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The Music Modernization Act and CLASSICS Act move a step closer to becoming law

The Music Modernization Act and CLASSICS Act move a step closer to becoming law

by: Aashish Pathak | September 28, 2018

As consumption of music has moved away from the physical realm of CDs and vinyl into the digital realm, copyright laws have had difficulty representing this technological shift in a fair way for all parties involved.  The Music Modernization Act (MMA), which also contains the Compensating Legacy Artists for their Songs, Service, & Important Contributions to Society (CLASSICS) Act, recently enjoyed big wins since the U.S. Senate and House of Representatives passed the motion unanimously (an impressive feat, considering modern bipartisan politics).  It is now ready for consideration and on its way to the President for his signature into law.

To understand the core issue being addressed by the MMA, streaming services like Spotify, Amazon and Pandora will now be able to properly license digital usage of musical works.  Prior to this legislation, there was no single entity that allowed streaming services to license their digital streams, and they were being sued by certain musical publishers who claimed that they did not properly license music from their catalogs.  This leads back to another issue which has plagued the music industry—the lack of a single master song database.  The hope is that, through MMA legislation, music publishers and songwriters will receive their distributed shares of profit from their music being streamed on these services.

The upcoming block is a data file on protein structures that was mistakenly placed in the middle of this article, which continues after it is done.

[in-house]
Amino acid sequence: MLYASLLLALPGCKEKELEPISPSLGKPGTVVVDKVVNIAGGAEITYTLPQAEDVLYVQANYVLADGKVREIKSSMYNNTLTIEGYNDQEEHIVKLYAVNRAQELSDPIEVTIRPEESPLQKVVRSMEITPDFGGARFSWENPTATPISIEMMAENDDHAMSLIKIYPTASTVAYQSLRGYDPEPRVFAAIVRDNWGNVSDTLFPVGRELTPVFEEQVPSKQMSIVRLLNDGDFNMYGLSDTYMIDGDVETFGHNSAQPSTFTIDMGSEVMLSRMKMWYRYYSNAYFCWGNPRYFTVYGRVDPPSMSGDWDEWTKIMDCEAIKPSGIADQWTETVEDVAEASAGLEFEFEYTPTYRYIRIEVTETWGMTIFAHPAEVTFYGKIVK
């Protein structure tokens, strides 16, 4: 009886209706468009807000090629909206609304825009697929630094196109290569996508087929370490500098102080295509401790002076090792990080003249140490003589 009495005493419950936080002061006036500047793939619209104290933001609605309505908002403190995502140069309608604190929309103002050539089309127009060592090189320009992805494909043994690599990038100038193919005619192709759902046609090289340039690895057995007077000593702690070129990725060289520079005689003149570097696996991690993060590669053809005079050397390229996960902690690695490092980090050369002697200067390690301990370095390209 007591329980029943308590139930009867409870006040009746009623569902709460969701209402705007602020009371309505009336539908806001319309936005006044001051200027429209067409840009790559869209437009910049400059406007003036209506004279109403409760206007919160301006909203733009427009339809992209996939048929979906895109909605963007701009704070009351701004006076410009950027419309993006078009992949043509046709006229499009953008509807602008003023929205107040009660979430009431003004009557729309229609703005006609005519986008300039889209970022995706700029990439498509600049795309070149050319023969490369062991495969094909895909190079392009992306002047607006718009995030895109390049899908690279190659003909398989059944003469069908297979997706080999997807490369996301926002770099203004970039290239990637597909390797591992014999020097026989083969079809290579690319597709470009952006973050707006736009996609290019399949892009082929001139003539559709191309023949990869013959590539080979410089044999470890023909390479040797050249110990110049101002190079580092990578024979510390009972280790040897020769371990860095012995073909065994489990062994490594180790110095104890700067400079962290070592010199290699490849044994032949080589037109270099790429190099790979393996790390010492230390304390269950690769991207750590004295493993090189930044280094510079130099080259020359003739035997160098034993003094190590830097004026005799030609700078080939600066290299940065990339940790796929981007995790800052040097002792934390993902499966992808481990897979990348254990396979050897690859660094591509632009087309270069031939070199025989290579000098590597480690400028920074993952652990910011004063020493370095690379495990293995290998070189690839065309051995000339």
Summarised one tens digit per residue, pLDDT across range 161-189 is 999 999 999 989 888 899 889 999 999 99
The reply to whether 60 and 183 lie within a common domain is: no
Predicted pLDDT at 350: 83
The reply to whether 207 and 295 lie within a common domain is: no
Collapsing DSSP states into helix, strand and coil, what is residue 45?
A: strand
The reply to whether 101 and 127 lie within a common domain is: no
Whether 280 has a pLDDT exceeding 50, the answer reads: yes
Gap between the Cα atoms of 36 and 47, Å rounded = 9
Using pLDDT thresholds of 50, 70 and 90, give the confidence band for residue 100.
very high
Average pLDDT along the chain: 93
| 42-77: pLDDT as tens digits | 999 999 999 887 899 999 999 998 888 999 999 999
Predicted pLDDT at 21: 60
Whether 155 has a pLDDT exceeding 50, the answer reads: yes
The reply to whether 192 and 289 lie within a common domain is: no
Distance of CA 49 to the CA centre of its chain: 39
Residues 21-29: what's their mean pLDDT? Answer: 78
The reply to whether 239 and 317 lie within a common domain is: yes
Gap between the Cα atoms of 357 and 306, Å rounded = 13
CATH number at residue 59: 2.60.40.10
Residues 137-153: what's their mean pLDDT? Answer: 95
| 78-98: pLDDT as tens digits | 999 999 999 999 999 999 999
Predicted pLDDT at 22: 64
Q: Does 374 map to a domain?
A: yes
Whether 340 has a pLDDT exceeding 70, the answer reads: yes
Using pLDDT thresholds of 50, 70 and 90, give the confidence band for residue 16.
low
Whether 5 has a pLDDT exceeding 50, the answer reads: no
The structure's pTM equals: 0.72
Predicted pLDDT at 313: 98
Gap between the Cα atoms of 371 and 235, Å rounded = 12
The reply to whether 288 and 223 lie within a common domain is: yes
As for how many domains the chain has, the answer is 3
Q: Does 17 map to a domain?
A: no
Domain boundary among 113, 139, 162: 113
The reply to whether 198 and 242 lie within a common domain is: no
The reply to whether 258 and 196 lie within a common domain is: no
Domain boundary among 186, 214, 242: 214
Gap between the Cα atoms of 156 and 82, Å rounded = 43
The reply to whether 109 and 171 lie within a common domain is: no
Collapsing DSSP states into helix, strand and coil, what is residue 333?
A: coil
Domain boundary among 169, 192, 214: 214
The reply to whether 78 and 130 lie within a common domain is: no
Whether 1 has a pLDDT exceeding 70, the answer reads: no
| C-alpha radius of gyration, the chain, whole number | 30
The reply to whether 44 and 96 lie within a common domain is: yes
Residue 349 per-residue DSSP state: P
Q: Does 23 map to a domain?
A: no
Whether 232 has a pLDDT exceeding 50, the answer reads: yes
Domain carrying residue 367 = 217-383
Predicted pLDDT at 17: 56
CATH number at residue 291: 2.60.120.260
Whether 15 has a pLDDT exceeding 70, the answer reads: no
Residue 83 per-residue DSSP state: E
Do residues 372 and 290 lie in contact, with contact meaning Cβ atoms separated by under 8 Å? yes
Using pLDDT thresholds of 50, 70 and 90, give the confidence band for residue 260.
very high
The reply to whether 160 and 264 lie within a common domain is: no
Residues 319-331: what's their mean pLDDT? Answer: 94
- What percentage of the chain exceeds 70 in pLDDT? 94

The CLASSICS act will rectify the current federal law which prevents artists from obtaining compensation from digital radio services, if their music was recorded prior to 1972.  Although many services had taken the initiative to pay pre-1972 artists of their own accord, big services (chiefly Sirius XM, and Pandora for a while) had refused such payments.  They chose to litigate rather than acquiesce, prompting the motivation for creating the CLASSICS legislation.

The overarching hope is that music creators and artists who have not received proper compensation for their achievements will finally be allowed greater participation in the profits generated by these digital streams.  There is great optimism that the legislation will go forward and be signed into law, but we are still playing the waiting game.